Here Daniel and I are jarring the honey from the last falls harvest.

Due to the cool temperature of the Apiculture shed where the honey is kept through the fall and the winter, the honey crystallized and took a grainy form. In order to jar it at ease, we used a double boiler system and slowing warmed up the honey and brought it back to a creamy substance.

A panel in position to be scraped and placed in the centrifugal force honey extractor.

A specially designed pollen collecting house placed in front of the main entrance of the beehive removes half of the pollen carried back by the worker bees. The pollen is scraped off their back legs by the entrance and drops into the removal drawer below.

In preparation for queen bee rearing, I assisted Daniel's brother Carlos in the fabrication of waxed lined Queen cells where we place the larva transplants.

With Daniel's ingenuity and Carlo's artisan skills, we modified a standard beehive into 4 separate spaces to be used as the queen bee's first home. The advantage being that we need less bees to support the living space of the colony, and can work withing our limited resources.

He we are modifying the size of the false nutrient filled panel to fit in the baby,

After a week of preparation and honey harvesting we followed the sun back down to El Pelmar and spent the weekend as artisans ourselves selling fresh local honey, karite (Shea Butter from Burkina Faso), necklaces, masks, and wire figures from Burkina as well.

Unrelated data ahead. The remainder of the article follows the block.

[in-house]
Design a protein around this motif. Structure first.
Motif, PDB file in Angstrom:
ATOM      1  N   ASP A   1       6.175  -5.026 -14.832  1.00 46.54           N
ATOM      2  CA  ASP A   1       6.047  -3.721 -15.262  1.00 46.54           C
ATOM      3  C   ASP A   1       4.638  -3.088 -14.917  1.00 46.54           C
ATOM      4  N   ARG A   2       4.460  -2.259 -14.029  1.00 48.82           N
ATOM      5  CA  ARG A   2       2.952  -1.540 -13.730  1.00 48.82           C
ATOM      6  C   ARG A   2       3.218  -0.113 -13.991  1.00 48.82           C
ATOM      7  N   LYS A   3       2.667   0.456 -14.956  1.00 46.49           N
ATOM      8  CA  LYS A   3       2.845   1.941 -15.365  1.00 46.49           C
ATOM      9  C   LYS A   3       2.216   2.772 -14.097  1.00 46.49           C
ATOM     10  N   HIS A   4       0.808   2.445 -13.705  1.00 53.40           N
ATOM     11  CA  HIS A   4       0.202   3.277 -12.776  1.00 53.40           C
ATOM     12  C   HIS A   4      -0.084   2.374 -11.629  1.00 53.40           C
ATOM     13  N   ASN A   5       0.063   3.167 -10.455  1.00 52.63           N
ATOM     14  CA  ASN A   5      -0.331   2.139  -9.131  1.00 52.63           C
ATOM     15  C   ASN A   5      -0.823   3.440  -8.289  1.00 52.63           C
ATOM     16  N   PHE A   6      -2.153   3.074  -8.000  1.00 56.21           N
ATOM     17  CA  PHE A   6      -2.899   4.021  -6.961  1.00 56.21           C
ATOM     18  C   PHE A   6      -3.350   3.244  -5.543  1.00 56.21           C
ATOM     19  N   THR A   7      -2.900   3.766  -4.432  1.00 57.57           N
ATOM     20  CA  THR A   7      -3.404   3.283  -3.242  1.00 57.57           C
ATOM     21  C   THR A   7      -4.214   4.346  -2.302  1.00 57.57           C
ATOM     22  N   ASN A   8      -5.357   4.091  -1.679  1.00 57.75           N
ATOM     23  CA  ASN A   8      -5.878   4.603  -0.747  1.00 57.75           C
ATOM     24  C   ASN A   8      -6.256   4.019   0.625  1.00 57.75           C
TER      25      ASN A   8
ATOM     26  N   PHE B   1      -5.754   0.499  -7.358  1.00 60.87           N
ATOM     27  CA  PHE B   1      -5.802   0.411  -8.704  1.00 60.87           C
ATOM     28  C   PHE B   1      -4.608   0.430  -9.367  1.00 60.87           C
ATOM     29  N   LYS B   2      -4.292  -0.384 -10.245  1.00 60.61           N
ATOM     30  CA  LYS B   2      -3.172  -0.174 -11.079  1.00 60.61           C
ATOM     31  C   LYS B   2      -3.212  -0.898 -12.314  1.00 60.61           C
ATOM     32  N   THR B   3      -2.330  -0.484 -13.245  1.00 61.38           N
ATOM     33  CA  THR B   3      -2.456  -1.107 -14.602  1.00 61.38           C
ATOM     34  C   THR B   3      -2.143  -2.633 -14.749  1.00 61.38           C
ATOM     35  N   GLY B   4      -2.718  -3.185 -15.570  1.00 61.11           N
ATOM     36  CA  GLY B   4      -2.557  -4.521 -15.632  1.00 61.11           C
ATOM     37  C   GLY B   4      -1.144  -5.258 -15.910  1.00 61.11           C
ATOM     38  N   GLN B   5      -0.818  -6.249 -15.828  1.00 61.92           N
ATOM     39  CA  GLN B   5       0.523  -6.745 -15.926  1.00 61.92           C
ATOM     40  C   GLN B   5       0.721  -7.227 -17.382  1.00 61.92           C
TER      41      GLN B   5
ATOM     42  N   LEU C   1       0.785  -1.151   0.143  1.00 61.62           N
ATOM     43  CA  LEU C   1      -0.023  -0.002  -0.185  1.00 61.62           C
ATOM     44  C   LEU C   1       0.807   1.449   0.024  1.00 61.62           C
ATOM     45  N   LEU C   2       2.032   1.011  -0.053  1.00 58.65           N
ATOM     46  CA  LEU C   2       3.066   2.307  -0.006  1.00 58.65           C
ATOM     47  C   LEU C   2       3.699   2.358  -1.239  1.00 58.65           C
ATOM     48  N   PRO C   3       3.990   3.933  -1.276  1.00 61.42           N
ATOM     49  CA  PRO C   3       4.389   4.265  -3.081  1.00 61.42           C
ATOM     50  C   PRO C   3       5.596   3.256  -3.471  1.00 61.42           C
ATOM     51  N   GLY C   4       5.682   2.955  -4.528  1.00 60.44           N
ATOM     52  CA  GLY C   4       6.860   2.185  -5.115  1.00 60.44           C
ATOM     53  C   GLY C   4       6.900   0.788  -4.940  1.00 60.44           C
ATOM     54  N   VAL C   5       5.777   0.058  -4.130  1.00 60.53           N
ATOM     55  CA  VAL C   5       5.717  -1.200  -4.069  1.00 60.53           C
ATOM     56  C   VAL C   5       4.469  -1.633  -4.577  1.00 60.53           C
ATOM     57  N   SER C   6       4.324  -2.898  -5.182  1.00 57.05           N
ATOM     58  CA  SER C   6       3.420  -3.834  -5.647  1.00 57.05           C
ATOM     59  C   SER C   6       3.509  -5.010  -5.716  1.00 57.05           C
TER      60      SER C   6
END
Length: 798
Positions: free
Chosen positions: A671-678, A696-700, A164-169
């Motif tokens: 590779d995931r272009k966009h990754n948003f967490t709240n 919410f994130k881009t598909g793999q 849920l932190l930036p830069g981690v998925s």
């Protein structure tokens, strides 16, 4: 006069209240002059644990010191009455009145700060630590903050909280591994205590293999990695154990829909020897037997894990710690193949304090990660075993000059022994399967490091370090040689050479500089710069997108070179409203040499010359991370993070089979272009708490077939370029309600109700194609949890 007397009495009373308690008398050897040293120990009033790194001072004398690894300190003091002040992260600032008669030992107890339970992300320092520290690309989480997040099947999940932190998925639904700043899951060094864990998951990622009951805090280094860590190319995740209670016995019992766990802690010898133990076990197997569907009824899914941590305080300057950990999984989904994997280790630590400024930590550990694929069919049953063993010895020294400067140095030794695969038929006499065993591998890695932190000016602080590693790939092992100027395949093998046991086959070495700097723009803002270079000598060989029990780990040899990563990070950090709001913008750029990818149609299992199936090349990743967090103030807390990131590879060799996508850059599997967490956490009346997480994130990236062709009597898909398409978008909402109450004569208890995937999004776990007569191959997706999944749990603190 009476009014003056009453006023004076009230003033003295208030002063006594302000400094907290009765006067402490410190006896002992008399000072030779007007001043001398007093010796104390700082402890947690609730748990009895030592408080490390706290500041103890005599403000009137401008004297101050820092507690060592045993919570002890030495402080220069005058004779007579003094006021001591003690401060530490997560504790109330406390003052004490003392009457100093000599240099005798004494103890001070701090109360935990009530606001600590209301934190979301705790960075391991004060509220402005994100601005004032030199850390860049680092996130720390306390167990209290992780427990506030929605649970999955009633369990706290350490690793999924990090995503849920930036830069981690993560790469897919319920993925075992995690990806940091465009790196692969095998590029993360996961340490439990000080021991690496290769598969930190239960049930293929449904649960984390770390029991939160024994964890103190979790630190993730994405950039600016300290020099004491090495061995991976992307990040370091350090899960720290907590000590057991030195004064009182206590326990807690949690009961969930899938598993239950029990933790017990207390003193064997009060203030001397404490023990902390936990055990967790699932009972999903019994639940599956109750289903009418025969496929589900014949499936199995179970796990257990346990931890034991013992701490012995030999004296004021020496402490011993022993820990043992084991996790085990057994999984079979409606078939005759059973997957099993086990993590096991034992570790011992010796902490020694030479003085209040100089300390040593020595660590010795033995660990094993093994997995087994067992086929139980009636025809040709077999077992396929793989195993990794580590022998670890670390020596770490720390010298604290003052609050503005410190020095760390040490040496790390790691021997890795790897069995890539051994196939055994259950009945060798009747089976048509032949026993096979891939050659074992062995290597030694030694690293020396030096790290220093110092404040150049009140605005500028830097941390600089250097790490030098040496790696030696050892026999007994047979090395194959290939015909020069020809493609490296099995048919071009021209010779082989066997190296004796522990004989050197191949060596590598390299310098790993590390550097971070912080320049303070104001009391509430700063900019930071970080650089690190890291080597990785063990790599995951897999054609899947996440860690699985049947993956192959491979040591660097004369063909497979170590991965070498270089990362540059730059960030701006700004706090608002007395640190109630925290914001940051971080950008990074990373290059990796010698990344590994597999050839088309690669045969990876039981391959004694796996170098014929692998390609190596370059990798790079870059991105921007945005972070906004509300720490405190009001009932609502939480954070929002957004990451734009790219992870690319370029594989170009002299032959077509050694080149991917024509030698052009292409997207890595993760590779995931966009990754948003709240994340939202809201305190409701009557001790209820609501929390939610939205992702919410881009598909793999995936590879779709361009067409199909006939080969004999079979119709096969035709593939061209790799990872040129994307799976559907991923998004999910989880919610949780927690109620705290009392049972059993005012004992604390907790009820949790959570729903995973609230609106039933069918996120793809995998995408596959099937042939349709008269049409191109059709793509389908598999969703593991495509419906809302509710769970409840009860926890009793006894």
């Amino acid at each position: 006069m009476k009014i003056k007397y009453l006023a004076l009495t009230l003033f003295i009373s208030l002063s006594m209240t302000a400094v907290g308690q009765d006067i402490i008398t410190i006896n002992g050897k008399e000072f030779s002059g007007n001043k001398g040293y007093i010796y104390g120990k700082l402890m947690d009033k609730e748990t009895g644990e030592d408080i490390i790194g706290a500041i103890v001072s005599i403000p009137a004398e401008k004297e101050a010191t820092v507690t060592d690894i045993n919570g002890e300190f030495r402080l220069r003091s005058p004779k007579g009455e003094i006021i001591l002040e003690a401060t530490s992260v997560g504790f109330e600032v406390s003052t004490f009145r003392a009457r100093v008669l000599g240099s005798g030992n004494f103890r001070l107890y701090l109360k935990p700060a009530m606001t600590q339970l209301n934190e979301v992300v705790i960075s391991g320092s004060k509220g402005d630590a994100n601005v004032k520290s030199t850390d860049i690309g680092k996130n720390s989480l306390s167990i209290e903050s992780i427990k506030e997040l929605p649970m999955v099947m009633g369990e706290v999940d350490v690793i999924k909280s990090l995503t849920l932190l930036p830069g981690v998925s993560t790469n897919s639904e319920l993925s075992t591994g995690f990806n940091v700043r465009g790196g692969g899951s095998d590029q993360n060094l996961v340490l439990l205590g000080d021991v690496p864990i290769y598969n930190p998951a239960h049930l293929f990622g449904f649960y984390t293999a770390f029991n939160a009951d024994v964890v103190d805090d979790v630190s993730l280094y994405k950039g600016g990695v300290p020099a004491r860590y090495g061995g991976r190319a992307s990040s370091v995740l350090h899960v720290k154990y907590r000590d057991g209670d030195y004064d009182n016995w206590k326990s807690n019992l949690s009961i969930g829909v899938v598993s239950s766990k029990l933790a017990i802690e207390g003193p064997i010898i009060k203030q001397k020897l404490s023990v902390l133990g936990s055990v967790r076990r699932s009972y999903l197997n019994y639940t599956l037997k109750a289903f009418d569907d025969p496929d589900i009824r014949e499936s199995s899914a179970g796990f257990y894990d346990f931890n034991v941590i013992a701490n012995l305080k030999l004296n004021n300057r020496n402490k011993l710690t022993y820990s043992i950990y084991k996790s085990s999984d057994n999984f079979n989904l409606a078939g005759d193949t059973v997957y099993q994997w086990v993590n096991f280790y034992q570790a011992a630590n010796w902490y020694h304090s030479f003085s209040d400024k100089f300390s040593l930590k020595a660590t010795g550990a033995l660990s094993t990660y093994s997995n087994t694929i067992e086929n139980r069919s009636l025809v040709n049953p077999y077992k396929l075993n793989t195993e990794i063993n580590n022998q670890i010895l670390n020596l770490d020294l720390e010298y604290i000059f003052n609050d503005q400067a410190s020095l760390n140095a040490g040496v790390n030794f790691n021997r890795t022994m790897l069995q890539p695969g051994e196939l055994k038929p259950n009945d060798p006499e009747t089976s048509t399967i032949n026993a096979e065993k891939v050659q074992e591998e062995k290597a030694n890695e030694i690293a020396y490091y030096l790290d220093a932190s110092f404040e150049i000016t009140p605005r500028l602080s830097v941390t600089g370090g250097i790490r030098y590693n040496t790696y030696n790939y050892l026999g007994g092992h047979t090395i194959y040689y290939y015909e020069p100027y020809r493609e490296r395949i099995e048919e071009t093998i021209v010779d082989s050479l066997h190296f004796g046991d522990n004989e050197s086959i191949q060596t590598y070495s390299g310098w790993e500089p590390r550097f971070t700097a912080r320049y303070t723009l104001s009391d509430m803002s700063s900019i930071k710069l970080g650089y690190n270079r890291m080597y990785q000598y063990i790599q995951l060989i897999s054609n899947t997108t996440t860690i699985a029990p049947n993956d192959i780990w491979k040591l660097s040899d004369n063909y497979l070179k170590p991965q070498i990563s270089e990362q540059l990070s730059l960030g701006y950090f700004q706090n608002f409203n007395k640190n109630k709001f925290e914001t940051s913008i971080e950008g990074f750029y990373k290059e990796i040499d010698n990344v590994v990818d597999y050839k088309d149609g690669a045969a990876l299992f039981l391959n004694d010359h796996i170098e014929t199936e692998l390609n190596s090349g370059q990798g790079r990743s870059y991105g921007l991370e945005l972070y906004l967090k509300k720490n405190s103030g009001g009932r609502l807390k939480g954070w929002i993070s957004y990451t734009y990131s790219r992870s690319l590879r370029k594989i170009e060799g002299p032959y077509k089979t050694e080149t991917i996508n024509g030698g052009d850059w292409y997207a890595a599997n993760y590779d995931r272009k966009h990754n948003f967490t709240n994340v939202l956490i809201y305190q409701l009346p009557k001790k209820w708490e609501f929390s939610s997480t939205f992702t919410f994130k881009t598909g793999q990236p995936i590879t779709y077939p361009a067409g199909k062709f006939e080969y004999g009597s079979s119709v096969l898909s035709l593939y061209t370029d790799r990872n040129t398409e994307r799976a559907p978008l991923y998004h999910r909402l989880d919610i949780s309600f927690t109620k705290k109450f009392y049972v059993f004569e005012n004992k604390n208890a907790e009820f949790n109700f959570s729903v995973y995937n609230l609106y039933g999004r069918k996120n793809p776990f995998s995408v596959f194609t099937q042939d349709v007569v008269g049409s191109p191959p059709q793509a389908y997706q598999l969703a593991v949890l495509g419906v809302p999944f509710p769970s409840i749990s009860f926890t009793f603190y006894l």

After a successful weekend of sales and waiting for the weekly concert to start up, we watched our Austrian friend Norbert fly his gyro copter back and forth through the sunset. Moments like these I really am beside myself.

Not long after we went back to La Muela, where my first queen bee larva transplants began underway.

Step one in the translarve is finding and removing a panel of freshly laid eggs from the beehive. All eggs turn into Larva between their 3rd and 4th day of existence and Queen bee breeders take advantage of this 24 hour period to transplant the larva from the panel into an individualized cell.

One at a time, larva are transplanted into the wax molded cells using a dentists metal scoop, and the full panel of 26 queen cells is placed into an orphaned beehive full of young royal jelly giving worker bees. Following their natural intuition the worker bees fill the cells with Royal Jelly and the queen cells take their form. Before coming to life between their 14th and 16th day of existence the queen cells will be placed into their respective beehives.

The mild mannered Carnican bee in action.

We had the pleasure of befriending a commercial beekeeper in the area interested in Daniel's approach to Queen Bee rearing, and he was fascinated by the difference of race behavior. Unlike the aggressive Iberica bee local to the country, the Carnican bee can be worked with free of gloves and protection. 

We were invited his beehives and were fascinated by his collection of cork hives. As one of the oldest methods of beekeeping in Spain, the bees build their honeycombs naturally inside the hollowed out cork trees.

In all the activity a friendship was sparked and we loaded La Galvez with boxes filled with 2 strong queen bees and her workers to take with us back to la Muela for breeding.

We finished off our visit by visiting his families honey production warehouse, and petting his pure bread Spanish stallions.